• Prior knowledge, including information from pre-incident planning Site-Specific Risk Information (SSRI), tactical plans, business fire safety and site visits/inspections. See National Operational Guidance: Operations for further information.
    • Reliable sources, such as information from a responsible person, the owner/occupier of a building, a building engineer or other agencies
    • Directly observed information - time of day, temperature, weather conditions, signs and symptoms of flashover or backdraught.
    • Topography

The incident commander and firefighters will, in most situations, rely heavily on fire control rooms as their primary source of factual information. This information will be vital and will support the initial assessment and evaluation of what is likely to be encountered on arrival.

Assessing and evaluating an incident will often be the key determining factor in the overall success or failure of a firefighting operation. It is therefore important that the information gained at this stage as part of the dynamic risk assessment (DRA) is used carefully to build a picture of the situation, identify the respective hazards, determine the immediate priorities, actions and subsequently the tactics (offensive or defensive), to ultimately establish the resources that may be required to bring the fire under control as safely as possible.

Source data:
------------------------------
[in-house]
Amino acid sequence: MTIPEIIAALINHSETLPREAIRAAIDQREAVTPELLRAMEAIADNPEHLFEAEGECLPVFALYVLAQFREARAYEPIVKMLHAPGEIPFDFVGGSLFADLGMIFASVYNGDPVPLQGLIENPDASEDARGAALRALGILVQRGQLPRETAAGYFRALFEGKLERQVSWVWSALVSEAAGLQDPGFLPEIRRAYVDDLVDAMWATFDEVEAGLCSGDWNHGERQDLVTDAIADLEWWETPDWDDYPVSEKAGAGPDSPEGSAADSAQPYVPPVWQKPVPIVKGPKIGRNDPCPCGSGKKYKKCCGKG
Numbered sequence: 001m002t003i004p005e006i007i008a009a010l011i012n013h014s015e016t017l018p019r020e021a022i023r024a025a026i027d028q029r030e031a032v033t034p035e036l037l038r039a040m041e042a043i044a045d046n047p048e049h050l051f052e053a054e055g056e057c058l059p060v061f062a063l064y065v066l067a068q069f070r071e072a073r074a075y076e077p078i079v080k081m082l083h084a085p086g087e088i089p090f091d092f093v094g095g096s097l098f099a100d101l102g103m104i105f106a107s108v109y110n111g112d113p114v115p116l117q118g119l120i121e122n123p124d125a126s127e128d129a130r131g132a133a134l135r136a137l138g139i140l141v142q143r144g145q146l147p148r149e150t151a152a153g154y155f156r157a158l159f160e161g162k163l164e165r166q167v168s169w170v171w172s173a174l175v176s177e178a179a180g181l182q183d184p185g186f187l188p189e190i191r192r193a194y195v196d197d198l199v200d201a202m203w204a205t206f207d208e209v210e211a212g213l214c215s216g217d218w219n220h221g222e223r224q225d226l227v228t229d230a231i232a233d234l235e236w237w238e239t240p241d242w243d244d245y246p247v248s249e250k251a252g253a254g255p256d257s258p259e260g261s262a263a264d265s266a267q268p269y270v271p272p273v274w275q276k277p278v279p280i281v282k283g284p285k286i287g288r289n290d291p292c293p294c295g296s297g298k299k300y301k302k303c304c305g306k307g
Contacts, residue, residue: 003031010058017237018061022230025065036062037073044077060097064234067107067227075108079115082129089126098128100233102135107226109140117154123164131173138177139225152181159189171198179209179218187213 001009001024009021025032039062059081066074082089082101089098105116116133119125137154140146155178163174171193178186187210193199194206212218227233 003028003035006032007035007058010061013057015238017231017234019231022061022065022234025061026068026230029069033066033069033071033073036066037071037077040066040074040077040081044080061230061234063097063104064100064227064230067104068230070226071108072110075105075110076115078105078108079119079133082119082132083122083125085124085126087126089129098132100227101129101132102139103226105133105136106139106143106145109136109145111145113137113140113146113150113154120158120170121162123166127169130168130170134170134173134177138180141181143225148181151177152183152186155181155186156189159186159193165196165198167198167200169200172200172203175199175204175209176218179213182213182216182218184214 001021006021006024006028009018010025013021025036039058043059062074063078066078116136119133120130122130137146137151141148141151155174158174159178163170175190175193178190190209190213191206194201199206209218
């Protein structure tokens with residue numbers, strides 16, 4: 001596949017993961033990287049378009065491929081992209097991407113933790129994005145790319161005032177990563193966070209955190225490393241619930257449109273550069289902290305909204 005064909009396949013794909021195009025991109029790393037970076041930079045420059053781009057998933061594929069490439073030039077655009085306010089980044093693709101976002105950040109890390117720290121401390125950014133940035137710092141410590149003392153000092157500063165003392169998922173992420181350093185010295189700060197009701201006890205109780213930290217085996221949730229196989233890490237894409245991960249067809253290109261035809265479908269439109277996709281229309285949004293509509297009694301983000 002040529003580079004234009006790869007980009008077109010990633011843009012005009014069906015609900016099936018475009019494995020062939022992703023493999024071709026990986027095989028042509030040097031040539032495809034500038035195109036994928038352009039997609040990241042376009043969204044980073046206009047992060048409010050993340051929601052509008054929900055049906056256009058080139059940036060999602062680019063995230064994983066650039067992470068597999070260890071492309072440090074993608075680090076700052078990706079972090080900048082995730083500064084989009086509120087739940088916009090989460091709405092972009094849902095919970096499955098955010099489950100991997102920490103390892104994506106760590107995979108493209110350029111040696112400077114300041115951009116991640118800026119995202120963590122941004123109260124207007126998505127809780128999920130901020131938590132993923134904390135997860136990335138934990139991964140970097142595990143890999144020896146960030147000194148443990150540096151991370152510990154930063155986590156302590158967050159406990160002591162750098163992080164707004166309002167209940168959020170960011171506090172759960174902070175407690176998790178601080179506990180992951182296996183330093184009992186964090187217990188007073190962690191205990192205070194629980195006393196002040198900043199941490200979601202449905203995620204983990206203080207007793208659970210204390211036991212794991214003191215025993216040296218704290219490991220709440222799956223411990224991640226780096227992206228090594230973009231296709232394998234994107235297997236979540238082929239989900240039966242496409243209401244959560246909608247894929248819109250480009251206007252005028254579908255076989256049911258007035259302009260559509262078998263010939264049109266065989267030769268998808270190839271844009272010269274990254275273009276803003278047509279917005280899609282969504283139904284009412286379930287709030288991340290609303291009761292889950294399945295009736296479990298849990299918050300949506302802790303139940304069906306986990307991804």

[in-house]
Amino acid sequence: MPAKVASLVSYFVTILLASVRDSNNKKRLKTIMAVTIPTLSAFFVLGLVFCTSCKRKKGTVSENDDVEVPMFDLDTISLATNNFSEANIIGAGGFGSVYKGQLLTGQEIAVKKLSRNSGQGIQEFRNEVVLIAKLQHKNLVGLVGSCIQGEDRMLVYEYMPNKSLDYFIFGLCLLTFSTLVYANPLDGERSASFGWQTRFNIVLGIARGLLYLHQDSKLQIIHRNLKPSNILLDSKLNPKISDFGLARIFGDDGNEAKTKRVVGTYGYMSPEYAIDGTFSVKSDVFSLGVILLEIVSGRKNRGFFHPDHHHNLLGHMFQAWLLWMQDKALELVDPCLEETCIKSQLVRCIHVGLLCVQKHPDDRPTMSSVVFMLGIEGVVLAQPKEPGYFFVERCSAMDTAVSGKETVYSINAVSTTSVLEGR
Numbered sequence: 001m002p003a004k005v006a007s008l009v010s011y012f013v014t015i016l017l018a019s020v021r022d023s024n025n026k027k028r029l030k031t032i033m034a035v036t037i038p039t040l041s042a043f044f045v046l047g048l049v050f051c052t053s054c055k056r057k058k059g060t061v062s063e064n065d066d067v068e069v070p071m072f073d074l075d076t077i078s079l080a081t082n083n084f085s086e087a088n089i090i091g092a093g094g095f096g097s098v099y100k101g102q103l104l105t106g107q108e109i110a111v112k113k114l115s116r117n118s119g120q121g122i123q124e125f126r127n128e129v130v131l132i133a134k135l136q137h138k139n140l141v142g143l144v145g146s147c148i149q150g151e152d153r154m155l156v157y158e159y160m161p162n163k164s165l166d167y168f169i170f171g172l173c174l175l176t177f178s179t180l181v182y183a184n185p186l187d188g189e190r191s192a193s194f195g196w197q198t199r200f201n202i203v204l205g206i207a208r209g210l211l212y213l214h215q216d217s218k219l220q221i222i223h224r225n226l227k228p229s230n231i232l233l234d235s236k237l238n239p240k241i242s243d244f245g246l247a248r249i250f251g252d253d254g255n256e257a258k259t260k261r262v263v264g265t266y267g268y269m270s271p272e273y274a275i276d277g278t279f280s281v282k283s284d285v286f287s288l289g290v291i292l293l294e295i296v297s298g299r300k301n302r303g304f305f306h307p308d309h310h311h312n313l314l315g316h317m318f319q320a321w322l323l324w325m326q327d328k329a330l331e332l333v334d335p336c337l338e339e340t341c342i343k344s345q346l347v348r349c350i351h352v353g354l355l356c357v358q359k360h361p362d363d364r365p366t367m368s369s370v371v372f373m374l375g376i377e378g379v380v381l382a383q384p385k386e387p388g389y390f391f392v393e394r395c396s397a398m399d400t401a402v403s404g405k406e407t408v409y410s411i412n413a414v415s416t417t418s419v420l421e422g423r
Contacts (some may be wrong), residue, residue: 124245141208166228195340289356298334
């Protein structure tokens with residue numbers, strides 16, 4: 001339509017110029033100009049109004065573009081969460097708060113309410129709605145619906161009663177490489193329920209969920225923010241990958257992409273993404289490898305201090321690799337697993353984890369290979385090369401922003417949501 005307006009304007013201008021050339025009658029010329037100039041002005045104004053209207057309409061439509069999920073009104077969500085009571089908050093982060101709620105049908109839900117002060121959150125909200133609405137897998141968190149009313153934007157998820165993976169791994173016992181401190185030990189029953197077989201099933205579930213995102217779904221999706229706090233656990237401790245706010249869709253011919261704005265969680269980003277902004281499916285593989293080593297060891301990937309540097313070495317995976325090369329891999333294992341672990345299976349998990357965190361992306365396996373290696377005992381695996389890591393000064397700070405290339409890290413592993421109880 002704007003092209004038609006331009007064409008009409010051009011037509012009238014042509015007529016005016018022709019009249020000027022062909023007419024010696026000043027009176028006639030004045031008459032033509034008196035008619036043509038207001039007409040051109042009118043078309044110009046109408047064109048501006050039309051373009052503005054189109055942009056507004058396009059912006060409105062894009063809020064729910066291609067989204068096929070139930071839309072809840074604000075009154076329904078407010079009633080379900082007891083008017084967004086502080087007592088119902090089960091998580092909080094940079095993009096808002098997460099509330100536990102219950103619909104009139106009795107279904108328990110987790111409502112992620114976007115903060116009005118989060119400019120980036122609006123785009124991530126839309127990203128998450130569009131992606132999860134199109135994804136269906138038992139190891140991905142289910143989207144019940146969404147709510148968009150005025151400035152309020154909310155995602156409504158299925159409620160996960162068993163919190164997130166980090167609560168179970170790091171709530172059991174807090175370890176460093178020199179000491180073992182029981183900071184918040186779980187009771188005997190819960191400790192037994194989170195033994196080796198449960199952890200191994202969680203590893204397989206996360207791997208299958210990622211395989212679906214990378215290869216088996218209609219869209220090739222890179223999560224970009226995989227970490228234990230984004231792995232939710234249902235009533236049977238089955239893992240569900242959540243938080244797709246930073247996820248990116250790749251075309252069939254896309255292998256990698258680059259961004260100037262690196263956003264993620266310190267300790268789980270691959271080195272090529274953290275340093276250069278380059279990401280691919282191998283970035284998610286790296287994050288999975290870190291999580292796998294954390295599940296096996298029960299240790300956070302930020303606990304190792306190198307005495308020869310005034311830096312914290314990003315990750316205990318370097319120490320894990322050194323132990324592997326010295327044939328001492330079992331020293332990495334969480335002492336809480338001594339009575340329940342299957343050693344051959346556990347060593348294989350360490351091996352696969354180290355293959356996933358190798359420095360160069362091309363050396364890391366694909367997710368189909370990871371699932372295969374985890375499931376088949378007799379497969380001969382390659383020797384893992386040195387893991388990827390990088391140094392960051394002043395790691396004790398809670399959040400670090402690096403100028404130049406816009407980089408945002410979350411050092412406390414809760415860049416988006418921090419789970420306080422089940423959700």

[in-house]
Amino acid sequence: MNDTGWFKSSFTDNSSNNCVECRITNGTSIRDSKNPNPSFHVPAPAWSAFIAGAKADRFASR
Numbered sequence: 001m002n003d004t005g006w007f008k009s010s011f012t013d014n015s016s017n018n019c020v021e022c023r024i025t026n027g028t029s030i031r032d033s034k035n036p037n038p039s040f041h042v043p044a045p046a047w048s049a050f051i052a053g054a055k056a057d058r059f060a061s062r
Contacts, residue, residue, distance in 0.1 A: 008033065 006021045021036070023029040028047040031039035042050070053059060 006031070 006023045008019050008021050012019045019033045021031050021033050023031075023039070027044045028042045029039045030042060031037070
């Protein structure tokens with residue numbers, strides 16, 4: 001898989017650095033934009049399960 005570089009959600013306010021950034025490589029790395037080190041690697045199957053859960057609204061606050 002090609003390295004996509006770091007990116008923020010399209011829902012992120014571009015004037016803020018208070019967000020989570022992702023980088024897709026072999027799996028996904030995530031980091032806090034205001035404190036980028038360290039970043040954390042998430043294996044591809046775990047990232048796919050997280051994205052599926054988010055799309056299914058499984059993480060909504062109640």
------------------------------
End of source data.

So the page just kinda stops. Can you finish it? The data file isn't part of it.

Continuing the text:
Especially when responding to an incident involving fire, at a very early stage the incident commander will need to consider their priorities, with the primary objective always being to save lives. This should include keeping firefighters safe as well as performing rescues. The remaining priorities will normally include preventing surrounding risks or buildings being exposed, containing the fire in a specific area and, of course, extinguishing the fire.